Yay! This makes me happy. Microsoft officially announces support for Windows Drivers for the Kinect Camera as a free download in the Spring.
This was something I was pushing really hard on in the last few months before my departure, and I am glad to see the efforts of colleagues in the research wing of Microsoft (MSR) and the XBox engineering team carry this to fruition. It’s unfortunate this couldn’t have happened closer to launch day. But, perhaps it took all the enthusiasm of the independent developer community to convince the division to do this. It certainly would have been nice if all this neat work was done on the company’s own software platform.
I actually have a secret to share on this topic. Back in the late Summer of 2010, trying to argue for the most basic level of PC support for Kinect from within Microsoft, to my immense disappointment, turned out to be really grinding against the corporate grain at the time (for many reasons I won’t enumerate here). When my frustration peaked, I decided to approach AdaFruit to put on the Open Kinect contest. For obvious reasons, I couldn’t run the contest myself. Besides, Phil and Limor did a phenomenal job, much better than I could have done. Without a doubt, the contest had a significant impact in raising awareness about the potential for the Kinect outside of Xbox gaming both inside and outside the company.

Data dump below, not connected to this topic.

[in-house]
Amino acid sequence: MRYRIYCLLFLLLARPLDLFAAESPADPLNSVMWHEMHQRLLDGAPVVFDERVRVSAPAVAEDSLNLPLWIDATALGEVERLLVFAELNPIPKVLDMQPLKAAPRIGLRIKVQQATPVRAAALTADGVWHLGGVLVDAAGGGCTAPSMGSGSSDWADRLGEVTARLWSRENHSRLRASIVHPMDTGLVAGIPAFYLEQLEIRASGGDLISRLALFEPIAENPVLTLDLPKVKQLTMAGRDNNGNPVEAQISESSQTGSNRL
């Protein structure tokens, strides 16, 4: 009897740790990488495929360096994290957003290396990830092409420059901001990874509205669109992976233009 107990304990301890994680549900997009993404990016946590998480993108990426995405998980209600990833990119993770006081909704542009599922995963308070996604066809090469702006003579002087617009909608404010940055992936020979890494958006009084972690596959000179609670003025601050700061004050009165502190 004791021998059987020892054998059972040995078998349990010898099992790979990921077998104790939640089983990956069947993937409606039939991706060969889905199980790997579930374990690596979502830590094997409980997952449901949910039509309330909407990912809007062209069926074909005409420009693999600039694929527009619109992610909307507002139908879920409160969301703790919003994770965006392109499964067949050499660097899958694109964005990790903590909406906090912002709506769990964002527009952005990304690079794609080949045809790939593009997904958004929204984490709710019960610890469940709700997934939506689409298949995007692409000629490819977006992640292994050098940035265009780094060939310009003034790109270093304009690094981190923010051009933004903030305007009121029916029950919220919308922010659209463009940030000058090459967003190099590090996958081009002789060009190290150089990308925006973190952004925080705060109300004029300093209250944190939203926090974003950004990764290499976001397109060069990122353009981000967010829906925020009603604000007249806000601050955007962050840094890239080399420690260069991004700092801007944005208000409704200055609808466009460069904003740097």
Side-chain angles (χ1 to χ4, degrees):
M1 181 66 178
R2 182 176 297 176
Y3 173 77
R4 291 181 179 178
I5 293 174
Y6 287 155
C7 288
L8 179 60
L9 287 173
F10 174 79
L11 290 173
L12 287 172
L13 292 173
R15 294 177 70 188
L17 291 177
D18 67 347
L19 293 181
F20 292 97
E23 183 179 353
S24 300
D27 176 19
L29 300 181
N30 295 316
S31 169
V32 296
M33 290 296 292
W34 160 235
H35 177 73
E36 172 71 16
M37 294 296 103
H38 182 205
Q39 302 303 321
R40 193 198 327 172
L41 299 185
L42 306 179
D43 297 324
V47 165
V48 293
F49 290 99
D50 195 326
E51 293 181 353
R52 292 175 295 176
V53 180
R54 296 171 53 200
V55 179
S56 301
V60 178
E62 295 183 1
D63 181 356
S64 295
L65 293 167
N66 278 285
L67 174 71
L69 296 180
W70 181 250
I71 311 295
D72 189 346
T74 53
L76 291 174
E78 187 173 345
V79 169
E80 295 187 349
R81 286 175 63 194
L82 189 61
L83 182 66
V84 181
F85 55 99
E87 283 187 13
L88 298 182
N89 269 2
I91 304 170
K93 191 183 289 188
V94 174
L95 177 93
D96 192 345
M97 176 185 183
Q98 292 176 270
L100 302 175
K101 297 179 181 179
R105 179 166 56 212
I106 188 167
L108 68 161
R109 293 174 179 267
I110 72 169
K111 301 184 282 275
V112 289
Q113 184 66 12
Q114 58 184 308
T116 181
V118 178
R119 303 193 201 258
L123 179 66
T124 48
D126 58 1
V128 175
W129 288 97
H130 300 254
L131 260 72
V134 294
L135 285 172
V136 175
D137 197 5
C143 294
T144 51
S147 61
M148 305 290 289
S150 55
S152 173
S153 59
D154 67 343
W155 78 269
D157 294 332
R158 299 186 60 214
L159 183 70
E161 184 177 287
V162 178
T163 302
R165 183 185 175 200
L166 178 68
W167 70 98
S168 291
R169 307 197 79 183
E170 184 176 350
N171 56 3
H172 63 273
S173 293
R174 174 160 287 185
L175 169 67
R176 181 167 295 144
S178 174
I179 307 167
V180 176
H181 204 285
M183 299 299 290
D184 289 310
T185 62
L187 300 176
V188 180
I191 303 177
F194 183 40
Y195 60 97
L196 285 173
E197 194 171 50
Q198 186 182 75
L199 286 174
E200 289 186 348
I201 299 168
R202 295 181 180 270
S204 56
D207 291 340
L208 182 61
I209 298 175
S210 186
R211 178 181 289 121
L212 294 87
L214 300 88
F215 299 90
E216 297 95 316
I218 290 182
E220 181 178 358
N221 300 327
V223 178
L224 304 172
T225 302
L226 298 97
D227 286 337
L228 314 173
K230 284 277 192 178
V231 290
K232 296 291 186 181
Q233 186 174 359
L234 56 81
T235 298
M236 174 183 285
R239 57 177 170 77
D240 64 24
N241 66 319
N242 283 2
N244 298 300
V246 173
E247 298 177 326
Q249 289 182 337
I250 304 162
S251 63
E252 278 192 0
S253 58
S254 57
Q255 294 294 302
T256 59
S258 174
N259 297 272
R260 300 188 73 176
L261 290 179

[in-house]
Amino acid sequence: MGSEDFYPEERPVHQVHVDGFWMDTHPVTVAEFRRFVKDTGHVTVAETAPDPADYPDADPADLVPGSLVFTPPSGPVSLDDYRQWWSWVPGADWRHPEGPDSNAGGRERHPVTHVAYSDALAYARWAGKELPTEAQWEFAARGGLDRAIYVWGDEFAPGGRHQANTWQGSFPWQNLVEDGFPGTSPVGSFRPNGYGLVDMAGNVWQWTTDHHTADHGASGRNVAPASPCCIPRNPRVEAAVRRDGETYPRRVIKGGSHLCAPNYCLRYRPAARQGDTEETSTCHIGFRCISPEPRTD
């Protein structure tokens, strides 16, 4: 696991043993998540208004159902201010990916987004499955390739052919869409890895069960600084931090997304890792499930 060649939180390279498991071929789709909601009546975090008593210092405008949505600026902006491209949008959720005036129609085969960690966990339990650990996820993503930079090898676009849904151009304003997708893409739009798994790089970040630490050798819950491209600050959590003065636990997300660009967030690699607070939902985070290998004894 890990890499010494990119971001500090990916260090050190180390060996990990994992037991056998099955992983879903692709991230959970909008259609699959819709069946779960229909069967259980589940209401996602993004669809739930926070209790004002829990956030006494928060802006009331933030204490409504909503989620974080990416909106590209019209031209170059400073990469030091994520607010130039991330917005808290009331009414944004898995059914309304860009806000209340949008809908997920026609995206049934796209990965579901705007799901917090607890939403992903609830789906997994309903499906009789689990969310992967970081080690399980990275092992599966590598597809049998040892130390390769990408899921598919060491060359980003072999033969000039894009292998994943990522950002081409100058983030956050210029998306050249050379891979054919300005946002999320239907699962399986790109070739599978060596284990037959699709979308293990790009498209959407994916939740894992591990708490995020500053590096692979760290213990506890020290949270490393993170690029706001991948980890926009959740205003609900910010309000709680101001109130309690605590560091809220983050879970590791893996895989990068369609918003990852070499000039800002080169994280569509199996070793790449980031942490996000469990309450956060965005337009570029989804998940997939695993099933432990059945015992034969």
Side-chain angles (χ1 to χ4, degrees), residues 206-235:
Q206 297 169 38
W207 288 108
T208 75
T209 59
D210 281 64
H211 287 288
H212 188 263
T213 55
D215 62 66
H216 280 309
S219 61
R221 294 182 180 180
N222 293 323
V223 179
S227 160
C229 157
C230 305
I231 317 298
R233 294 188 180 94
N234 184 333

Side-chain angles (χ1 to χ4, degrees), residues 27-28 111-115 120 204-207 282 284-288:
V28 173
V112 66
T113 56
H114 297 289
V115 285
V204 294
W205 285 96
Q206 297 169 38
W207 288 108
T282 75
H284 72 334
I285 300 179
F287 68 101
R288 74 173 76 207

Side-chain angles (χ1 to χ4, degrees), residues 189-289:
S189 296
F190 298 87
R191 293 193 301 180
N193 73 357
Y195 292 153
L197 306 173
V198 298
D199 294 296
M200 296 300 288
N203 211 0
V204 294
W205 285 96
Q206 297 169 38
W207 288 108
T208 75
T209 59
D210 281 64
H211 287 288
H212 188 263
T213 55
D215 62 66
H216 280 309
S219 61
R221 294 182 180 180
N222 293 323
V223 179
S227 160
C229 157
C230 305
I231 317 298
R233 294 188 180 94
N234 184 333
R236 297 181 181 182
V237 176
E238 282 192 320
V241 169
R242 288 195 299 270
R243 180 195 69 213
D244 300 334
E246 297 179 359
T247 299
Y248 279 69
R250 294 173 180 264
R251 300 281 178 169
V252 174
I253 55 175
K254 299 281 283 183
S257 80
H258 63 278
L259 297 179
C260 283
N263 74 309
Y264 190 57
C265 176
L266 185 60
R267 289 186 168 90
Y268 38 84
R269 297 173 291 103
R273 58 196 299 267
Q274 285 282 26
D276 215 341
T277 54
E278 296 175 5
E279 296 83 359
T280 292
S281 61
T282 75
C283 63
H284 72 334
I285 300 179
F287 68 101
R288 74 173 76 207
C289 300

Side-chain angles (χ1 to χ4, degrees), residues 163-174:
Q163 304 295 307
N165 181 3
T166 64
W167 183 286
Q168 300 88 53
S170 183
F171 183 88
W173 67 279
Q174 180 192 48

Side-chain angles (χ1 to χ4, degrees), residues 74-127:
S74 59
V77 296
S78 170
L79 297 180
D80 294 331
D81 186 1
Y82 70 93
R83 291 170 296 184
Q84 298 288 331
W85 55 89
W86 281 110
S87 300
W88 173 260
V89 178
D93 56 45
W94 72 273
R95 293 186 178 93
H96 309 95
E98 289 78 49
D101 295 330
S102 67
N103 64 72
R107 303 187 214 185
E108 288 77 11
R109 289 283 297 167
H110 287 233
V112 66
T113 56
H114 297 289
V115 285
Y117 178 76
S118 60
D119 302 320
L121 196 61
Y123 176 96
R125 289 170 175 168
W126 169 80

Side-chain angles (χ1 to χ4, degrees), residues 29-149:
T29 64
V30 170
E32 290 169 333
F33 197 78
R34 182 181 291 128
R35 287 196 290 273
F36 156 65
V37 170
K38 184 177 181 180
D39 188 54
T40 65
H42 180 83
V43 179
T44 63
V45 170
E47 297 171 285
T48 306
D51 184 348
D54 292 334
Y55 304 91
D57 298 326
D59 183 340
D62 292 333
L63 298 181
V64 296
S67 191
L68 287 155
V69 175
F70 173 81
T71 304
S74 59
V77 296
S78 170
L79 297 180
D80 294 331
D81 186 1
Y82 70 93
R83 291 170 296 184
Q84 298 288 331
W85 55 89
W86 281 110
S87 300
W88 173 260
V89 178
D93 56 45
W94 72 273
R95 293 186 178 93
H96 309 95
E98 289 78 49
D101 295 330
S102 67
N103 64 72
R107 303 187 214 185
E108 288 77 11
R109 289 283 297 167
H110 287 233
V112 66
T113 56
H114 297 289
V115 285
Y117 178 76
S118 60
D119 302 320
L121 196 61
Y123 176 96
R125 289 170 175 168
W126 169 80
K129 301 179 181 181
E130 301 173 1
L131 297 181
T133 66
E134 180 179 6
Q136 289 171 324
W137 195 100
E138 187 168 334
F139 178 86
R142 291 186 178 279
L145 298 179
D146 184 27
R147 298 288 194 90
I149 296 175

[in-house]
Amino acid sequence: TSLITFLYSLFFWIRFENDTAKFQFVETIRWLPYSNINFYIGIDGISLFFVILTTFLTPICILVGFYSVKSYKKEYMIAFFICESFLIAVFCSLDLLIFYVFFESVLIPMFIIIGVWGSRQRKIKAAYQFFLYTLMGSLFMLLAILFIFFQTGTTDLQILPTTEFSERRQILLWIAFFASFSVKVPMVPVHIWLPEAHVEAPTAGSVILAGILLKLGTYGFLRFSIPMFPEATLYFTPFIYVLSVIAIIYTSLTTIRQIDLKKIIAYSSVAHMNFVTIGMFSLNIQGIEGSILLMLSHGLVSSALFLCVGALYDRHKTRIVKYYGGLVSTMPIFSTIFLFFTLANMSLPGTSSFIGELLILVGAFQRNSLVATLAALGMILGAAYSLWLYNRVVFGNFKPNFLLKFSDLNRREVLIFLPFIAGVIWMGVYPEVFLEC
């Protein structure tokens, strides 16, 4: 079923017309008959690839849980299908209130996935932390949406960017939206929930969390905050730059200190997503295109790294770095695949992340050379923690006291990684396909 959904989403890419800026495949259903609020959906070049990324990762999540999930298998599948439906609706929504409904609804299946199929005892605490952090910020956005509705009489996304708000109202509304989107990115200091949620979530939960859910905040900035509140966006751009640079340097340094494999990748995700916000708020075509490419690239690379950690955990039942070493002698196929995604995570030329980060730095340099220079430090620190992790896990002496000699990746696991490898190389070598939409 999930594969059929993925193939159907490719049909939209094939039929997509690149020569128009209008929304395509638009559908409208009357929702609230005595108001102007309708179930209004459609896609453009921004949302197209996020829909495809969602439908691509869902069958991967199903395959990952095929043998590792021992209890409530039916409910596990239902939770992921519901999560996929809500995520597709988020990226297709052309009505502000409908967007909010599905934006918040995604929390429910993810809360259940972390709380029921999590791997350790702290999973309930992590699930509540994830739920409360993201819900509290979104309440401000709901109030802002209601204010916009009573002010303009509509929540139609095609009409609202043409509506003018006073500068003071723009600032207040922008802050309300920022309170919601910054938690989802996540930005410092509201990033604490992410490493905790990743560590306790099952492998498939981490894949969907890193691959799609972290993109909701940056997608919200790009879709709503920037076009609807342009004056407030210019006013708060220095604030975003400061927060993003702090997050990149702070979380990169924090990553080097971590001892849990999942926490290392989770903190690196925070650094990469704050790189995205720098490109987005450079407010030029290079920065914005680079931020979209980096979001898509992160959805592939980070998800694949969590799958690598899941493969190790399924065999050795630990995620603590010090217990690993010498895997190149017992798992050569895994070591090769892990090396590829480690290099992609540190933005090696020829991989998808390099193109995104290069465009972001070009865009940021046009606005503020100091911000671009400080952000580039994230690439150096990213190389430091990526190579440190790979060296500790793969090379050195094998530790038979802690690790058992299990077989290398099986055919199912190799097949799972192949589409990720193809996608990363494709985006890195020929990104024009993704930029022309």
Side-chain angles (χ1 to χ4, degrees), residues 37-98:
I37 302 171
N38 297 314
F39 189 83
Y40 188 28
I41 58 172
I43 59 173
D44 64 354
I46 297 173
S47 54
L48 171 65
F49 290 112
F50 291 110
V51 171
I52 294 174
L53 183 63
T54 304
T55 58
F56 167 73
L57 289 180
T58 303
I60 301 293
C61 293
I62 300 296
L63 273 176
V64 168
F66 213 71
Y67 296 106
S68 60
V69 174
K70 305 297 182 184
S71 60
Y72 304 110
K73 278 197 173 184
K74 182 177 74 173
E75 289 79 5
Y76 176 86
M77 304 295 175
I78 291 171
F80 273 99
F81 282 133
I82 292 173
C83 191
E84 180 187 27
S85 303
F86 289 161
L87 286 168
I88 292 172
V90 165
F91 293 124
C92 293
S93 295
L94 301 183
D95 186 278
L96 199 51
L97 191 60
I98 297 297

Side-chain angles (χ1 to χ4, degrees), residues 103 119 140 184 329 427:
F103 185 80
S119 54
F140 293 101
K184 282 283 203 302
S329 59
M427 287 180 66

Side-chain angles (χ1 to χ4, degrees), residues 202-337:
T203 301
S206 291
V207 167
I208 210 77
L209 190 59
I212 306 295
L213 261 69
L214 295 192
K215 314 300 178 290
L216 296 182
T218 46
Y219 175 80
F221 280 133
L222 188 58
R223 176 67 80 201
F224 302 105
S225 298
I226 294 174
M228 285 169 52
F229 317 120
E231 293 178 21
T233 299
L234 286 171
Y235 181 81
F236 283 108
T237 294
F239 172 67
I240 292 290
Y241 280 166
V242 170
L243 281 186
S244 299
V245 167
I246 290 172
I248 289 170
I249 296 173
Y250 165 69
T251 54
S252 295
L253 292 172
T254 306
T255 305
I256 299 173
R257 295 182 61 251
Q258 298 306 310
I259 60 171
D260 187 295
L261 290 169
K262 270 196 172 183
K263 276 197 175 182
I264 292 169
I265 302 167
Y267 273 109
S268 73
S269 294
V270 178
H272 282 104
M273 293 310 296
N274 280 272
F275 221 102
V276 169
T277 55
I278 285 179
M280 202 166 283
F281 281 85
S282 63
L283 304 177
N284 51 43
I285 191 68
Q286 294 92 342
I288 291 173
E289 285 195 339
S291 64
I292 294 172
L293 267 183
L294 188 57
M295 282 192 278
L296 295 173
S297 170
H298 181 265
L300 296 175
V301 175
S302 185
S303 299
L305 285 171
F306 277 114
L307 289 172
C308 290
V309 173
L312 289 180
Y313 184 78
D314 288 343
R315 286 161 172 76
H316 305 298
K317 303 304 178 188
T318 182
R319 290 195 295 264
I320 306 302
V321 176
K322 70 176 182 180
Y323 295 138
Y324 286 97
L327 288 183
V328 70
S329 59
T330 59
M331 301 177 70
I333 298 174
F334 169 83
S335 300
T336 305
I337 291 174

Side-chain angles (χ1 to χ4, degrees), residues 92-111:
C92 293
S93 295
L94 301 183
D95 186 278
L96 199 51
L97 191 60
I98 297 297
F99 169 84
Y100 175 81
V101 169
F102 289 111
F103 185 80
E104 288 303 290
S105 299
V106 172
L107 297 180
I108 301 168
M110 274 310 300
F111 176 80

Johnny approached us (while at Microsoft, he’s now at Google) and we said we’d help out – so, we reverse engineered the Kinect on our own, started the contest, posted the USB logs to GitHub – and then Hector won. Since we didn’t need to put up all the cash ourselves, a chunk went to the EFF. It was a little spy vs spy for us to keep Johnny safe, and that also made it (more) fun.
Stop breadboarding and soldering – start making immediately! Adafruit’s Circuit Playground is jam-packed with LEDs, sensors, buttons, alligator clip pads and more. Build projects with Circuit Playground in a few minutes with the drag-and-drop MakeCode programming site, learn computer science using the CS Discoveries class on code.org, jump into CircuitPython to learn Python and hardware together, TinyGO, or even use the Arduino IDE. Circuit Playground Express is the newest and best Circuit Playground board, with support for CircuitPython, MakeCode, and Arduino. It has a powerful processor, 10 NeoPixels, mini speaker, InfraRed receive and transmit, two buttons, a switch, 14 alligator clip pads, and lots of sensors: capacitive touch, IR proximity, temperature, light, motion and sound. A whole wide world of electronics and coding is waiting for you, and it fits in the palm of your hand.
Have an amazing project to share? The Electronics Show and Tell is every Wednesday at 7pm ET! To join, head over to YouTube and check out the show’s live chat – we’ll post the link there.